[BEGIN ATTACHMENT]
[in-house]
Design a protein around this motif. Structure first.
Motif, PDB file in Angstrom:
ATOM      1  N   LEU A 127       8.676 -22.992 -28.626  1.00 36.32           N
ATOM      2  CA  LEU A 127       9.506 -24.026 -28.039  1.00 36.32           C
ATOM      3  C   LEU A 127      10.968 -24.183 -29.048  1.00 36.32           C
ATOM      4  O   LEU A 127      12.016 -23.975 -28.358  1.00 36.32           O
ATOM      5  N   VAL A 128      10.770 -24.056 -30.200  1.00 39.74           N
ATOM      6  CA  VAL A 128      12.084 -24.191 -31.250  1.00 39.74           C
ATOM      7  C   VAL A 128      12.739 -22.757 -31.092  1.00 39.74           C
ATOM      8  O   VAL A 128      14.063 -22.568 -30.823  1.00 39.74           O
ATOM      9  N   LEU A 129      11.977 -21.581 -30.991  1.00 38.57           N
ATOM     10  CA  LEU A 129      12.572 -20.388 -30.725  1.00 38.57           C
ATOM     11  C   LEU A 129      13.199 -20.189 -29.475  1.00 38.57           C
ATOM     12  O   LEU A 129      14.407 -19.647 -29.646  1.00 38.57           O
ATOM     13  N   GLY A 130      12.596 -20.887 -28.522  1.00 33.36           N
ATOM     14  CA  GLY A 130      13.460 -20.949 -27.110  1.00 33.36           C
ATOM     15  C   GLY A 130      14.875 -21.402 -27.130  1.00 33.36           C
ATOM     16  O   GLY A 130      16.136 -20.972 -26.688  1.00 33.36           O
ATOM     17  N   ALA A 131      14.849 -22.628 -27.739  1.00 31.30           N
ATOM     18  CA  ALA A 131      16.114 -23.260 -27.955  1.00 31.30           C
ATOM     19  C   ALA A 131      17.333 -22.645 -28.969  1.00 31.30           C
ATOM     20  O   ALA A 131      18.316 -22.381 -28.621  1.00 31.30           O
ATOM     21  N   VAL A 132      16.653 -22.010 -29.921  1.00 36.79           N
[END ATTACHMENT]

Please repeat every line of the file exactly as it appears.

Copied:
[in-house]
Design a protein around this motif. Structure first.
Motif, PDB file in Angstrom:
ATOM      1  N   LEU A 127       8.676 -22.992 -28.626  1.00 36.32           N
ATOM      2  CA  LEU A 127       9.506 -24.026 -28.039  1.00 36.32           C
ATOM      3  C   LEU A 127      10.968 -24.183 -29.048  1.00 36.32           C
ATOM      4  O   LEU A 127      12.016 -23.975 -28.358  1.00 36.32           O
ATOM      5  N   VAL A 128      10.770 -24.056 -30.200  1.00 39.74           N
ATOM      6  CA  VAL A 128      12.084 -24.191 -31.250  1.00 39.74           C
ATOM      7  C   VAL A 128      12.739 -22.757 -31.092  1.00 39.74           C
ATOM      8  O   VAL A 128      14.063 -22.568 -30.823  1.00 39.74           O
ATOM      9  N   LEU A 129      11.977 -21.581 -30.991  1.00 38.57           N
ATOM     10  CA  LEU A 129      12.572 -20.388 -30.725  1.00 38.57           C
ATOM     11  C   LEU A 129      13.199 -20.189 -29.475  1.00 38.57           C
ATOM     12  O   LEU A 129      14.407 -19.647 -29.646  1.00 38.57           O
ATOM     13  N   GLY A 130      12.596 -20.887 -28.522  1.00 33.36           N
ATOM     14  CA  GLY A 130      13.460 -20.949 -27.110  1.00 33.36           C
ATOM     15  C   GLY A 130      14.875 -21.402 -27.130  1.00 33.36           C
ATOM     16  O   GLY A 130      16.136 -20.972 -26.688  1.00 33.36           O
ATOM     17  N   ALA A 131      14.849 -22.628 -27.739  1.00 31.30           N
ATOM     18  CA  ALA A 131      16.114 -23.260 -27.955  1.00 31.30           C
ATOM     19  C   ALA A 131      17.333 -22.645 -28.969  1.00 31.30           C
ATOM     20  O   ALA A 131      18.316 -22.381 -28.621  1.00 31.30           O
ATOM     21  N   VAL A 132      16.653 -22.010 -29.921  1.00 36.79           N